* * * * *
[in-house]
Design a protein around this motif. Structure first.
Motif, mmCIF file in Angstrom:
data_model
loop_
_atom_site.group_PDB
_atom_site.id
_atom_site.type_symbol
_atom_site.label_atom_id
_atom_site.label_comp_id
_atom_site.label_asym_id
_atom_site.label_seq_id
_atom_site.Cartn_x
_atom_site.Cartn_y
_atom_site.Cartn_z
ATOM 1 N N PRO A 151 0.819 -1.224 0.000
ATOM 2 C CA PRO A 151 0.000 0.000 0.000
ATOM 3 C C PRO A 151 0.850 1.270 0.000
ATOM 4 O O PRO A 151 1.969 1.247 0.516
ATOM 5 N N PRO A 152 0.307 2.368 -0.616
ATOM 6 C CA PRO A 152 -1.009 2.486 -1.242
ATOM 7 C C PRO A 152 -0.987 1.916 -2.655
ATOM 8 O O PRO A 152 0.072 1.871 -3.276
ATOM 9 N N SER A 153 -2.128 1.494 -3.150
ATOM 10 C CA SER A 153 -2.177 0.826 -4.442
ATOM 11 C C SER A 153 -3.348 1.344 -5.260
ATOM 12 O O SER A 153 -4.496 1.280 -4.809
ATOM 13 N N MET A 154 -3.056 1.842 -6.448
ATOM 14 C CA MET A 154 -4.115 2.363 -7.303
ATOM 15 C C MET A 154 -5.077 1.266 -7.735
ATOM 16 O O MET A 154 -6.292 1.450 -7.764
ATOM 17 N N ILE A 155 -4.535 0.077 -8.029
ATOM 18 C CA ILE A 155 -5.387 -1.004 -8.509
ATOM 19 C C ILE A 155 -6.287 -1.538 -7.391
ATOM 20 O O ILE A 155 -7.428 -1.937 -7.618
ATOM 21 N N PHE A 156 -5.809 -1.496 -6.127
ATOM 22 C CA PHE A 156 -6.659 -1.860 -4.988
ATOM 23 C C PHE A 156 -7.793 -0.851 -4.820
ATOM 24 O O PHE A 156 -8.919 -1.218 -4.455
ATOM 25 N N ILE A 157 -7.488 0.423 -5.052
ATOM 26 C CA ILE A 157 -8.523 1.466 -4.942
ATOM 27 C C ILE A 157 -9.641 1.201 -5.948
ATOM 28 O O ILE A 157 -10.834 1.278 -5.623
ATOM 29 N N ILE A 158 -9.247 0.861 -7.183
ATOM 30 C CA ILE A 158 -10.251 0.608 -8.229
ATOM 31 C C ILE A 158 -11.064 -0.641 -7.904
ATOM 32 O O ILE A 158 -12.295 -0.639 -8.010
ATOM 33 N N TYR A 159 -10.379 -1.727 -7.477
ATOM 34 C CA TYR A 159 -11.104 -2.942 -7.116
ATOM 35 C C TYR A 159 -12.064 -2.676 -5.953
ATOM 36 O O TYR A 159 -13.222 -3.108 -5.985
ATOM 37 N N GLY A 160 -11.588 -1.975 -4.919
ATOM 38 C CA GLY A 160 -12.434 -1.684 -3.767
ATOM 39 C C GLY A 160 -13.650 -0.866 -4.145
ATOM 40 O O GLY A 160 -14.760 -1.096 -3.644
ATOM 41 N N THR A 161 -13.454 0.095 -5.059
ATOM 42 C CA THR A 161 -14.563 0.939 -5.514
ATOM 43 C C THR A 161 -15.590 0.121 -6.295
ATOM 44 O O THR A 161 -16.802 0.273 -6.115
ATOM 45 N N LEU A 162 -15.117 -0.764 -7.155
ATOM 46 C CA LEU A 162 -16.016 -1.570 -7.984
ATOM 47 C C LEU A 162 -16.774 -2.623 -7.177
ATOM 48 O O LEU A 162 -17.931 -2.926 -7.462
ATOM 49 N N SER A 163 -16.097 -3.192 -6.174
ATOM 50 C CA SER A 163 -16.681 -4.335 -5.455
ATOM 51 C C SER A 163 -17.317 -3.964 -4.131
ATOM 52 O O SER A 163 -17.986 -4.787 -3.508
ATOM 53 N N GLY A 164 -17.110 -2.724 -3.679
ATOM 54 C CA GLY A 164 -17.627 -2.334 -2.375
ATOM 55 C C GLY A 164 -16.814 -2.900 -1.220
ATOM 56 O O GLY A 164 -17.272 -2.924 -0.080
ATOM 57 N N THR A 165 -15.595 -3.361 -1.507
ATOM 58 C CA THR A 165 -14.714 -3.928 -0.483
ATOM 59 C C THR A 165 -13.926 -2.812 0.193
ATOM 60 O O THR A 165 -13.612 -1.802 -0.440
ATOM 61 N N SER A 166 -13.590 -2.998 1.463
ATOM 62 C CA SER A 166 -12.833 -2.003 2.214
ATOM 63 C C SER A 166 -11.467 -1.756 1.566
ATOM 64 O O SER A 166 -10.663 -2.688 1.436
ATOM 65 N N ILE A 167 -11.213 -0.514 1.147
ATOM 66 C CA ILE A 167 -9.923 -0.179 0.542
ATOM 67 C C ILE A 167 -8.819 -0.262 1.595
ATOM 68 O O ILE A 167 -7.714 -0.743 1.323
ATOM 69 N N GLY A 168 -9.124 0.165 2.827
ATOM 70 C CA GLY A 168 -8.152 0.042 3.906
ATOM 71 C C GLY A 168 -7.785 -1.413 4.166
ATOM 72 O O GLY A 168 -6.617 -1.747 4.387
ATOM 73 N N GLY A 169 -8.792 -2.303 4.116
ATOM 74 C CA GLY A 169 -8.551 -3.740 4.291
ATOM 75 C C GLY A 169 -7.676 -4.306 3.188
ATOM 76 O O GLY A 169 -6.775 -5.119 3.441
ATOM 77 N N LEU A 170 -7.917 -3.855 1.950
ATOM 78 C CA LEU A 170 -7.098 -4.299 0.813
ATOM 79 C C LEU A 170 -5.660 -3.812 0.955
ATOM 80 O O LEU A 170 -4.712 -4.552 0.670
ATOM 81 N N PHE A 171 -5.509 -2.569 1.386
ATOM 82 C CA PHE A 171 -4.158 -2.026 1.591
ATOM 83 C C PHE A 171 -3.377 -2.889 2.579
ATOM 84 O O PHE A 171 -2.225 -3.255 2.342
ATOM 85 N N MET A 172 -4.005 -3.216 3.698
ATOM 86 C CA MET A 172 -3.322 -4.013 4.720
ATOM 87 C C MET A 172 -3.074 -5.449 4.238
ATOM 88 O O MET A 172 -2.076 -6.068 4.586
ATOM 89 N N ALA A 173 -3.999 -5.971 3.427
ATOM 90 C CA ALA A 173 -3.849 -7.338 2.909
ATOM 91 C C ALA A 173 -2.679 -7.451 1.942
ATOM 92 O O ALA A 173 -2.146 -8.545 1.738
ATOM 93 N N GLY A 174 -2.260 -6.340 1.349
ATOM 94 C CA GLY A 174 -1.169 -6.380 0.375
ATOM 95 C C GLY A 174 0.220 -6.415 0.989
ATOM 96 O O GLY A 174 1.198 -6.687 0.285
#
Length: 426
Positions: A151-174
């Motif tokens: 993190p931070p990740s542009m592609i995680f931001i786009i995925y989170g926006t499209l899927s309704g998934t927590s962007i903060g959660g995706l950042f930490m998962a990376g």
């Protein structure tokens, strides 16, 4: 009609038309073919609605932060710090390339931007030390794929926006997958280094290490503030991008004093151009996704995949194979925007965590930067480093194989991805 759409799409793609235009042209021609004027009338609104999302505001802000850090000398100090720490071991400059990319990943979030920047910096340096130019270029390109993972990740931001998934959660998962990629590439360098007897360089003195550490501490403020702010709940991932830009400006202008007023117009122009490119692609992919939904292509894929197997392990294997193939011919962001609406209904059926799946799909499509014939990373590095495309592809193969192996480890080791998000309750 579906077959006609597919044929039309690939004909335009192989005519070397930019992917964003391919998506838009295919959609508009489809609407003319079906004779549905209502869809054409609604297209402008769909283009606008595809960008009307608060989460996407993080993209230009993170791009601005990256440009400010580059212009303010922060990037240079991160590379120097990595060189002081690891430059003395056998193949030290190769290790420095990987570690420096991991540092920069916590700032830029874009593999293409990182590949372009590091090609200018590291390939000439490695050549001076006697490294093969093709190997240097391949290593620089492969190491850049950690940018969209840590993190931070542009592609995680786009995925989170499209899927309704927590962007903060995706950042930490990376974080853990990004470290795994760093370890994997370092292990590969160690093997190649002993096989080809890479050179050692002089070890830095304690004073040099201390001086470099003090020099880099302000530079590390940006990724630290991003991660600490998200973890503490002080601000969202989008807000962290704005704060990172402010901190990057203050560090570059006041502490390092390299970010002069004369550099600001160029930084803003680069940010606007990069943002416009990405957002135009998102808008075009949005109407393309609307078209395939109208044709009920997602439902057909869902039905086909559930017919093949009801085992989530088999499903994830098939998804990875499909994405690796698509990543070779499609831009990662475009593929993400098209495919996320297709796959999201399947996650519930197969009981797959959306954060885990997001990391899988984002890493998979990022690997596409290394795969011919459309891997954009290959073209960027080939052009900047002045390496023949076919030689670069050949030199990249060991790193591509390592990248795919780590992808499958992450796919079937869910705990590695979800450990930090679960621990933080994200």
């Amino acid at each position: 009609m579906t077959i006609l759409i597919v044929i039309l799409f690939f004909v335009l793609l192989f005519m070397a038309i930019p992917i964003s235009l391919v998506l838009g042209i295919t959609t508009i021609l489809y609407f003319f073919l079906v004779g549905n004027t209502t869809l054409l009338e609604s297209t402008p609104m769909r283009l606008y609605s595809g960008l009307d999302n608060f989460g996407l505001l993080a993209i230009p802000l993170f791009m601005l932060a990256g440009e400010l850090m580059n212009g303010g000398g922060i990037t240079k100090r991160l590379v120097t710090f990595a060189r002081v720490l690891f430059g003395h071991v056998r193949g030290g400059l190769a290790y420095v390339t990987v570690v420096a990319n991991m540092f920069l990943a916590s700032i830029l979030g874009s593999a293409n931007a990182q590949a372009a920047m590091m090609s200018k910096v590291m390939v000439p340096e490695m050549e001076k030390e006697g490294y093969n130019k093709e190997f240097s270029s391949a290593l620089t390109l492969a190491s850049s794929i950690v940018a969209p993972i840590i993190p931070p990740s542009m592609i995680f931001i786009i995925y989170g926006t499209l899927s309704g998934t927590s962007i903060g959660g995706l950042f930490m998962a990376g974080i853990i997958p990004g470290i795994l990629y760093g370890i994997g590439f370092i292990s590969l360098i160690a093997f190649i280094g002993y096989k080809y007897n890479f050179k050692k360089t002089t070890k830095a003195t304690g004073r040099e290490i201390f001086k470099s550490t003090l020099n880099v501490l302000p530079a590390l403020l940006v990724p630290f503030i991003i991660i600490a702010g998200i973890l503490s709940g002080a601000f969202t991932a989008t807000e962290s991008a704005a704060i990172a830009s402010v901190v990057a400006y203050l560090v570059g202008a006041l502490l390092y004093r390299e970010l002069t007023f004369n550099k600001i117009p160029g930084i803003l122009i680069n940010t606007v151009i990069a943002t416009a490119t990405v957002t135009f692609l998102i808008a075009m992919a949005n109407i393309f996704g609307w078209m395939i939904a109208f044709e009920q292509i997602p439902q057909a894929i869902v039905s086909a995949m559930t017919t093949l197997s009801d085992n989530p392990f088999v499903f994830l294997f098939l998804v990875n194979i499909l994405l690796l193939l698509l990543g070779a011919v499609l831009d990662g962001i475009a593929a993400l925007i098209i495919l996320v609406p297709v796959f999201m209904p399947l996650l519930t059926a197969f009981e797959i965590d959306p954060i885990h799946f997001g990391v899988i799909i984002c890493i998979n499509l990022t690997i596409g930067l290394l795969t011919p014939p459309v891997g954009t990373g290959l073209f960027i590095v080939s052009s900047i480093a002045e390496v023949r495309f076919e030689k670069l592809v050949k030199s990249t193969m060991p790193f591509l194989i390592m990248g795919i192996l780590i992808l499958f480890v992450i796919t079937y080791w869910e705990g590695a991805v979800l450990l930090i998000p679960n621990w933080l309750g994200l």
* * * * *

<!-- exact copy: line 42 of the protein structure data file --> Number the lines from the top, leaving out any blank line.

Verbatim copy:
ATOM 27 C C ILE A 157 -9.641 1.201 -5.948